1. Check the company’s presence online. Do a quick Google search of their website and social media platforms. Remember, a real company has an active online presence.
  1. Look for a detailed job description. A legit employer is clear and precise on the exact tasks they need to be done. If the job description is vague and the employer is not looking for any specific skills for the position, be cautious.
  1. Any reputable company will never require an applicant to pay anything with their own money during the hiring process.
  1. A trustworthy company will appreciate your due diligence and caution.

What Are The Common Virtual Assistant Job Scams?

Bad people looking for easy money are riding the trend of increasing demand for virtual assistants. Scammers come from both sides of the industry. While there are clandestine companies, there are also crooked applicants.

Everyone is susceptible to various types of remote job scams. The Better Business Bureau released a report discussing that 68% of employment scams happen online. Moreover, the Northern Kentucky Tribune published an article online saying the first quarter of 2023 monetary losses from job scams tripled by $840,000.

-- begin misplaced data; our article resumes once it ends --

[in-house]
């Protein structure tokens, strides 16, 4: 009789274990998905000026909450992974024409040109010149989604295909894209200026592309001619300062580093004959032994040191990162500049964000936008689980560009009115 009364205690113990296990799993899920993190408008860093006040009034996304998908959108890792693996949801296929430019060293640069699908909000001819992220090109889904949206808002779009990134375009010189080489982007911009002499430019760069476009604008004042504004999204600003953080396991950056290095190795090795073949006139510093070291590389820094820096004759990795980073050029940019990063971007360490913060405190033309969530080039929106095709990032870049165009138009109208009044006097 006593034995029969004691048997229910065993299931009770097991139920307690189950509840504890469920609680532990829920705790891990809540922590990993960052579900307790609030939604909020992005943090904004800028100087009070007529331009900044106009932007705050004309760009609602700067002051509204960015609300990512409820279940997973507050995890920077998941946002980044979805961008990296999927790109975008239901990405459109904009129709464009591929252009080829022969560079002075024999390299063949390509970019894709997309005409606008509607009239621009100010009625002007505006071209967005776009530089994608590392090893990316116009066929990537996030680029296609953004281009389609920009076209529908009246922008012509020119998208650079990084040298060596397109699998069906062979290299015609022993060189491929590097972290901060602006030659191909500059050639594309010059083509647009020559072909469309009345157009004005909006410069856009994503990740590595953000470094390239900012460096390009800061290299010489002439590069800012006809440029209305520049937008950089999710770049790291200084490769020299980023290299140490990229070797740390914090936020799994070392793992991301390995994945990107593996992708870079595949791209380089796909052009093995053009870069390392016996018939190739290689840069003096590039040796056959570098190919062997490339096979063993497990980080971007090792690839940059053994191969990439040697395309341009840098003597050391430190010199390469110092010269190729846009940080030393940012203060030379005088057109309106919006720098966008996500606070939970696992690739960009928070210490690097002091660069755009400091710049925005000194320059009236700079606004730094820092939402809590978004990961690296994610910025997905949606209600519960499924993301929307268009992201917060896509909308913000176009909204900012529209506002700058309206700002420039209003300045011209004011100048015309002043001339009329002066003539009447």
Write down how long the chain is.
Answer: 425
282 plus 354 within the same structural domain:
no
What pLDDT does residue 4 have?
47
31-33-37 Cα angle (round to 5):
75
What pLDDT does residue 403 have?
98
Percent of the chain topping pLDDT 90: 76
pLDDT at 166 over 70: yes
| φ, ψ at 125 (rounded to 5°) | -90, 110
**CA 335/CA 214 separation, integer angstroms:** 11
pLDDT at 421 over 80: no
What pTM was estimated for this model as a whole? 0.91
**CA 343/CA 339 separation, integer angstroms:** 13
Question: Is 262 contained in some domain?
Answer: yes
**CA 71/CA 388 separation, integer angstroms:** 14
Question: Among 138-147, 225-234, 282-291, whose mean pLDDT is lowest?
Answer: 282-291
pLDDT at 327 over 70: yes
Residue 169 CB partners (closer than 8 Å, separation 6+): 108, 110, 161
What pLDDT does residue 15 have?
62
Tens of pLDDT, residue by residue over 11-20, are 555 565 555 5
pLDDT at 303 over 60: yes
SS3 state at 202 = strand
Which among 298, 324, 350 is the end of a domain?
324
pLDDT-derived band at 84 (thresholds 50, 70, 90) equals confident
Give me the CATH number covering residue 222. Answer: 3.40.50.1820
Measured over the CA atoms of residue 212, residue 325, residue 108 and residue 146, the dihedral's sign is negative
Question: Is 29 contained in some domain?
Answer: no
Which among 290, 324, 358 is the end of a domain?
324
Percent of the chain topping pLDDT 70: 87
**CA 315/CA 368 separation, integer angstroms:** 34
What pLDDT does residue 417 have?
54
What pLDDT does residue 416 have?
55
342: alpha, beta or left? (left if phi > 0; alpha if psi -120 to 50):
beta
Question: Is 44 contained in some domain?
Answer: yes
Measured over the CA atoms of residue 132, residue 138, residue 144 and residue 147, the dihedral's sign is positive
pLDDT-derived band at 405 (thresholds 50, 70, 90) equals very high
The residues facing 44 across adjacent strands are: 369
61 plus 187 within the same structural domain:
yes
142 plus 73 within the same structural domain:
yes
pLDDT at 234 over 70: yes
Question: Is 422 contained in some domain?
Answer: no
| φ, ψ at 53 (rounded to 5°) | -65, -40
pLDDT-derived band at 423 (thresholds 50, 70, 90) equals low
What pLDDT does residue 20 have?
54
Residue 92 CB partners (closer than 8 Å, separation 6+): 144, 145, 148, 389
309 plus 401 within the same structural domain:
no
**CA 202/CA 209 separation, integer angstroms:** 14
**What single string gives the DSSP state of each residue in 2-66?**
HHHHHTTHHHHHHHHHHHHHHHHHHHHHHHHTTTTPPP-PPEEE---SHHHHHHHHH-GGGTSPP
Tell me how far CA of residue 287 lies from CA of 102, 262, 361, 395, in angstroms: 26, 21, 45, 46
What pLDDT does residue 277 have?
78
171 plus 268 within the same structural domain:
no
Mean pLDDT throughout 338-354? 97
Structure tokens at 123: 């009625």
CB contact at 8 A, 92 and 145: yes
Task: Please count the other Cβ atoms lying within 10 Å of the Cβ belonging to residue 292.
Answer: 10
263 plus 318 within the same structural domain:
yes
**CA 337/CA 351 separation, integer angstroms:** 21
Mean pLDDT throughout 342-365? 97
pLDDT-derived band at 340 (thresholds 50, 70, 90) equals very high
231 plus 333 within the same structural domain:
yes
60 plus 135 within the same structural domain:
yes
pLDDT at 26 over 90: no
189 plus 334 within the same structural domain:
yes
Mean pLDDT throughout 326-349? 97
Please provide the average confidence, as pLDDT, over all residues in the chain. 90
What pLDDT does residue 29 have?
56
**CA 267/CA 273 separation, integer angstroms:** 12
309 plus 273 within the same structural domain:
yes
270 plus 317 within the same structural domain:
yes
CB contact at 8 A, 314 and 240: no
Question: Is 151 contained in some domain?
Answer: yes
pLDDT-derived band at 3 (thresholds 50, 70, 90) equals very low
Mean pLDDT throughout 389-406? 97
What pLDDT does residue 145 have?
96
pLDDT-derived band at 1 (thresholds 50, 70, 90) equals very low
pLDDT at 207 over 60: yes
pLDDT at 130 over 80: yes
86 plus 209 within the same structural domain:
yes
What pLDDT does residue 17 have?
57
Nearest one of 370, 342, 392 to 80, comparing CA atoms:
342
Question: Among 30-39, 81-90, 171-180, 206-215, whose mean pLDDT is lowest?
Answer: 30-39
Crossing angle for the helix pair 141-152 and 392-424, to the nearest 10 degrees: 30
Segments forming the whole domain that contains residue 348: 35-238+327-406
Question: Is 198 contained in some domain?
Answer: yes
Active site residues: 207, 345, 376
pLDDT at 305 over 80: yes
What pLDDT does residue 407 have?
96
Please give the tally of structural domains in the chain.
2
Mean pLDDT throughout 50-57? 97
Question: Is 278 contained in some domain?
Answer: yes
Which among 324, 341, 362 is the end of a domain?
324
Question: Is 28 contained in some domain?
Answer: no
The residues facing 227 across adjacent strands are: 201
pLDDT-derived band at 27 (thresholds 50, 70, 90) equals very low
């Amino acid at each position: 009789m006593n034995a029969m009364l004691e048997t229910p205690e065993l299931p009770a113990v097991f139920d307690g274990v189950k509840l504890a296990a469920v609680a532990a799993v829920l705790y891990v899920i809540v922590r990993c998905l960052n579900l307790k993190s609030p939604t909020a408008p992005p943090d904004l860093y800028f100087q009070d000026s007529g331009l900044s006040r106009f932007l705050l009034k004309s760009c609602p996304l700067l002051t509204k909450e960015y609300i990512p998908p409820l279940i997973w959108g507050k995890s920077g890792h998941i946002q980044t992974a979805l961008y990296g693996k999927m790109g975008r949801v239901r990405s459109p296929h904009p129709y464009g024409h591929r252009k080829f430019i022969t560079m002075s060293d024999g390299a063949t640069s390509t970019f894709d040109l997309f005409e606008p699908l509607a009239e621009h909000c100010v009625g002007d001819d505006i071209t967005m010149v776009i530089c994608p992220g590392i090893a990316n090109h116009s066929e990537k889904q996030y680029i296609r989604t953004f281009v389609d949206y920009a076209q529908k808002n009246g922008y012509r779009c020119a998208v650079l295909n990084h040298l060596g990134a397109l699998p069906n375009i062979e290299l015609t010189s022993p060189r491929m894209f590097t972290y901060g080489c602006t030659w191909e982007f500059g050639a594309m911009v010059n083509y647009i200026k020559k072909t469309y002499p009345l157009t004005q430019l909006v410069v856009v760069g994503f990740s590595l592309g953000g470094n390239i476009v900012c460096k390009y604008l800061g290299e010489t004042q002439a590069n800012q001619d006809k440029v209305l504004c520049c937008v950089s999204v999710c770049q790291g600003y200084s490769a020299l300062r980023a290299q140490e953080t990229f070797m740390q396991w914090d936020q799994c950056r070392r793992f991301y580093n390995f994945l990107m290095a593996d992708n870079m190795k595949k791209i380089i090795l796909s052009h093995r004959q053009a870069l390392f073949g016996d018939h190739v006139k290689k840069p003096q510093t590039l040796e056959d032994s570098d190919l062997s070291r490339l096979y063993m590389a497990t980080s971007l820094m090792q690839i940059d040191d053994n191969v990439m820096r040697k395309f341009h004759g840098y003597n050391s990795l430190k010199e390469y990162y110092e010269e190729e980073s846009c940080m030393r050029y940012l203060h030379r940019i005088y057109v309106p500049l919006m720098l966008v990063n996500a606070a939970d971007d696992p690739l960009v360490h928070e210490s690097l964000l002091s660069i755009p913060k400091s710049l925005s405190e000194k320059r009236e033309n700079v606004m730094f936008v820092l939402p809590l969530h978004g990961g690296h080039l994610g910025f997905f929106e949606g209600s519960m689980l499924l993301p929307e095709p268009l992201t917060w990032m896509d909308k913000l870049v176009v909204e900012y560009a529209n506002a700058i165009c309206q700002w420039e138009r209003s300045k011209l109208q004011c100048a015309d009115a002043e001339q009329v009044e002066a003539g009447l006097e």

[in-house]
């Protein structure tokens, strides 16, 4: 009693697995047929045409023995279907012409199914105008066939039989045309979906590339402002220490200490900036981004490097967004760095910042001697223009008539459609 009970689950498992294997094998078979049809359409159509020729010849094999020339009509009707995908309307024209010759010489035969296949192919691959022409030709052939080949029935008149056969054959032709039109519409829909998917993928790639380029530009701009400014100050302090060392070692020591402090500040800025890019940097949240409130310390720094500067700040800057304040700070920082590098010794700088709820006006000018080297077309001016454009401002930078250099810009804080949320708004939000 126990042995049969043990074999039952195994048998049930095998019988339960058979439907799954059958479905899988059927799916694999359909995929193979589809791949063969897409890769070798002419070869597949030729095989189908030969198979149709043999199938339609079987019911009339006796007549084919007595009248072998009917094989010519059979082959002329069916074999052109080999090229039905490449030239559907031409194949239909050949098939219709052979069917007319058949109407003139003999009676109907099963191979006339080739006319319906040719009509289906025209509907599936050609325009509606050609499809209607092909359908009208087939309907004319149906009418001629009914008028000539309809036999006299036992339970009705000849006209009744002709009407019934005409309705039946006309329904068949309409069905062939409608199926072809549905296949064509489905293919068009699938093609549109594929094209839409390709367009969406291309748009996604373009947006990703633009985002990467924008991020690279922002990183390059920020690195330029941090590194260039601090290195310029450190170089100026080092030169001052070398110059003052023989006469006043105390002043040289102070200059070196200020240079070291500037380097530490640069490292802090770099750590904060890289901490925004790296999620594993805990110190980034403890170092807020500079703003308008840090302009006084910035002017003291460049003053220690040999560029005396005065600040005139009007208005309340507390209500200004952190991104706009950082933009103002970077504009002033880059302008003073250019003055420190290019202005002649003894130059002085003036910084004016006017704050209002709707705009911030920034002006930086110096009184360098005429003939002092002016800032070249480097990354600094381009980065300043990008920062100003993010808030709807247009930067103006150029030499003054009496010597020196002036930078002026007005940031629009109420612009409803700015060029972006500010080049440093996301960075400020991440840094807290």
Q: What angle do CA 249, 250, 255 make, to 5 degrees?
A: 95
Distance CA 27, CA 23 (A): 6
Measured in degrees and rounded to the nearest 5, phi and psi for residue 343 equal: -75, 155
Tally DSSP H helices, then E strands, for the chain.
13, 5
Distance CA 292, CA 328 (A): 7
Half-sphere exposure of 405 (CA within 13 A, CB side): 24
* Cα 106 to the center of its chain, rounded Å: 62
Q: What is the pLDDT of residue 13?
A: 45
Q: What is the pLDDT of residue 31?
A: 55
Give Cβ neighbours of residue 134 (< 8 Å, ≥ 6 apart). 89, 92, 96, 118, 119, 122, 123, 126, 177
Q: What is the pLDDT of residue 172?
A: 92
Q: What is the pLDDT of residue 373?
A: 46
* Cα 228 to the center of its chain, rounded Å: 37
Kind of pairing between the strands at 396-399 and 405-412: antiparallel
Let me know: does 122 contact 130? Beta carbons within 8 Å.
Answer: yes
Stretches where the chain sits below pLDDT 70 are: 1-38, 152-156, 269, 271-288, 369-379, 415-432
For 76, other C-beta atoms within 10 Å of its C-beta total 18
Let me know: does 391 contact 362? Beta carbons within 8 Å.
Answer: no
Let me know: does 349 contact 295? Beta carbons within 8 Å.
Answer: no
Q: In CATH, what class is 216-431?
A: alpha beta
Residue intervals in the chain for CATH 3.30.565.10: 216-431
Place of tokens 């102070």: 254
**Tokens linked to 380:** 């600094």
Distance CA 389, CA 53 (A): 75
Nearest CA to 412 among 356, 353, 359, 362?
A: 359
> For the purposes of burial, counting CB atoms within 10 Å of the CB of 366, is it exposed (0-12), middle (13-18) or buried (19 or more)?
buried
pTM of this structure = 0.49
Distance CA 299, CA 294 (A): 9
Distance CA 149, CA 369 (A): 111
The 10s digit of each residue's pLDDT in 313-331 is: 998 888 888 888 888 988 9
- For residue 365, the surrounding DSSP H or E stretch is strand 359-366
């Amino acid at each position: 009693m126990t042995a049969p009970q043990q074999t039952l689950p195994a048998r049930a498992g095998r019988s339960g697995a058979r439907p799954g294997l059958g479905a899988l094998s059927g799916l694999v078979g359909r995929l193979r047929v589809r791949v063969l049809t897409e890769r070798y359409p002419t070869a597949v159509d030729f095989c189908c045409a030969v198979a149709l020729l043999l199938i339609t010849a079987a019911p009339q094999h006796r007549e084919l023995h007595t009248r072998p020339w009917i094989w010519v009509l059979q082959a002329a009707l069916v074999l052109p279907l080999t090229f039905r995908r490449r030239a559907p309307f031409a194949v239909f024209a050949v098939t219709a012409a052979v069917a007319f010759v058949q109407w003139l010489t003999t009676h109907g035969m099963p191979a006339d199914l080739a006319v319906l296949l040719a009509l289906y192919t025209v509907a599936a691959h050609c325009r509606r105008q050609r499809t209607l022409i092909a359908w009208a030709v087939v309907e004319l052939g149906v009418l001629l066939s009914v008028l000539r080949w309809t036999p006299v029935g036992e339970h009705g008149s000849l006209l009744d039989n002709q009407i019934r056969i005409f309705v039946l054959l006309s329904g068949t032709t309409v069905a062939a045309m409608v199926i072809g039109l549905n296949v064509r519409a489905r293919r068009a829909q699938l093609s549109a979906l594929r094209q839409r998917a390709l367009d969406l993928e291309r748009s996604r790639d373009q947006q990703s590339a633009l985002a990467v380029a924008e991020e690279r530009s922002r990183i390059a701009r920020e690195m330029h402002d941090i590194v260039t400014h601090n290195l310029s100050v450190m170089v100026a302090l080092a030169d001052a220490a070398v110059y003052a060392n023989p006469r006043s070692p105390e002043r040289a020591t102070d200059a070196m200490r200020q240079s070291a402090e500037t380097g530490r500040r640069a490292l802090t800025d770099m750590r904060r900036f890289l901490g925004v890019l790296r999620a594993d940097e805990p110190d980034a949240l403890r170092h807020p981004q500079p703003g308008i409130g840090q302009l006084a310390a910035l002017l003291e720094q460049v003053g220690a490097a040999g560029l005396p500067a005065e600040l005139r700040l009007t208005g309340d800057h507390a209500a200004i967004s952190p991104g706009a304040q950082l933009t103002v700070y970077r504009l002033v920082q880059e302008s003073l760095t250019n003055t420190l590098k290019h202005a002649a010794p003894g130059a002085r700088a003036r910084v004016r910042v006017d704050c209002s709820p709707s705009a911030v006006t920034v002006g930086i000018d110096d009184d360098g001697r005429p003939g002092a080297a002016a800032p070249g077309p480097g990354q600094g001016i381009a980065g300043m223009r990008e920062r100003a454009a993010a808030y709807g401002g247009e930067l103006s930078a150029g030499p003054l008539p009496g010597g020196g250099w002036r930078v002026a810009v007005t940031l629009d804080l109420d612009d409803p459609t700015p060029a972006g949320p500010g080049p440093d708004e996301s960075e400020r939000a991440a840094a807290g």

Learn more about the different schemes, and warning signs, and understand how to avoid virtual assistant scams.

Scams To Watch Out For Companies and Employers


During an application process, companies commonly require candidates to submit documents to support their identity and educational and professional background. If an applicant refuses to present necessary documents for references, it may suggest that they are not providing real information about themselves.